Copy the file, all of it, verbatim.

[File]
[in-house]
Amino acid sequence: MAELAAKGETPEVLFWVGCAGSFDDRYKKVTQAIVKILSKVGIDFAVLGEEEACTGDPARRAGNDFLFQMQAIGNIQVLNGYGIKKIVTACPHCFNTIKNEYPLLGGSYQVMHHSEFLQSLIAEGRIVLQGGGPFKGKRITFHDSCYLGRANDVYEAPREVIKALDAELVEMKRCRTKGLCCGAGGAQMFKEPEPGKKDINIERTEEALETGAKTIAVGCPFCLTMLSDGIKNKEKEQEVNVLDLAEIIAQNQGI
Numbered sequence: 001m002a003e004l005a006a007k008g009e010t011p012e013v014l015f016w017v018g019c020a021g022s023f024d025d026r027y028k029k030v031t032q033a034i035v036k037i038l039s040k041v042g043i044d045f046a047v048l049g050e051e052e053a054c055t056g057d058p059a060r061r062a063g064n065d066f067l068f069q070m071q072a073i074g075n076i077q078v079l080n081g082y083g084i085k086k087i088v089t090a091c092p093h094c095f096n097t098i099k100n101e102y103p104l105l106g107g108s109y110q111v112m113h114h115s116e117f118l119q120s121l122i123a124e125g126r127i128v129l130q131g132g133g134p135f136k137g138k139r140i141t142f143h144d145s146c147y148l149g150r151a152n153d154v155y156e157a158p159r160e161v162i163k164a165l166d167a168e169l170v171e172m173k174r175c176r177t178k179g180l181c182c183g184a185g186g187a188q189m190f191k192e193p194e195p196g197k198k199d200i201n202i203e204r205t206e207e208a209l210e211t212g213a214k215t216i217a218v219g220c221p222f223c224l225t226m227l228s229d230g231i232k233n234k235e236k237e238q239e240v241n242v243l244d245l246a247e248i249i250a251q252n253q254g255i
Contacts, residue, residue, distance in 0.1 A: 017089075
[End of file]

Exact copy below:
[in-house]
Amino acid sequence: MAELAAKGETPEVLFWVGCAGSFDDRYKKVTQAIVKILSKVGIDFAVLGEEEACTGDPARRAGNDFLFQMQAIGNIQVLNGYGIKKIVTACPHCFNTIKNEYPLLGGSYQVMHHSEFLQSLIAEGRIVLQGGGPFKGKRITFHDSCYLGRANDVYEAPREVIKALDAELVEMKRCRTKGLCCGAGGAQMFKEPEPGKKDINIERTEEALETGAKTIAVGCPFCLTMLSDGIKNKEKEQEVNVLDLAEIIAQNQGI
Numbered sequence: 001m002a003e004l005a006a007k008g009e010t011p012e013v014l015f016w017v018g019c020a021g022s023f024d025d026r027y028k029k030v031t032q033a034i035v036k037i038l039s040k041v042g043i044d045f046a047v048l049g050e051e052e053a054c055t056g057d058p059a060r061r062a063g064n065d066f067l068f069q070m071q072a073i074g075n076i077q078v079l080n081g082y083g084i085k086k087i088v089t090a091c092p093h094c095f096n097t098i099k100n101e102y103p104l105l106g107g108s109y110q111v112m113h114h115s116e117f118l119q120s121l122i123a124e125g126r127i128v129l130q131g132g133g134p135f136k137g138k139r140i141t142f143h144d145s146c147y148l149g150r151a152n153d154v155y156e157a158p159r160e161v162i163k164a165l166d167a168e169l170v171e172m173k174r175c176r177t178k179g180l181c182c183g184a185g186g187a188q189m190f191k192e193p194e195p196g197k198k199d200i201n202i203e204r205t206e207e208a209l210e211t212g213a214k215t216i217a218v219g220c221p222f223c224l225t226m227l228s229d230g231i232k233n234k235e236k237e238q239e240v241n242v243l244d245l246a247e248i249i250a251q252n253q254g255i
Contacts, residue, residue, distance in 0.1 A: 017089075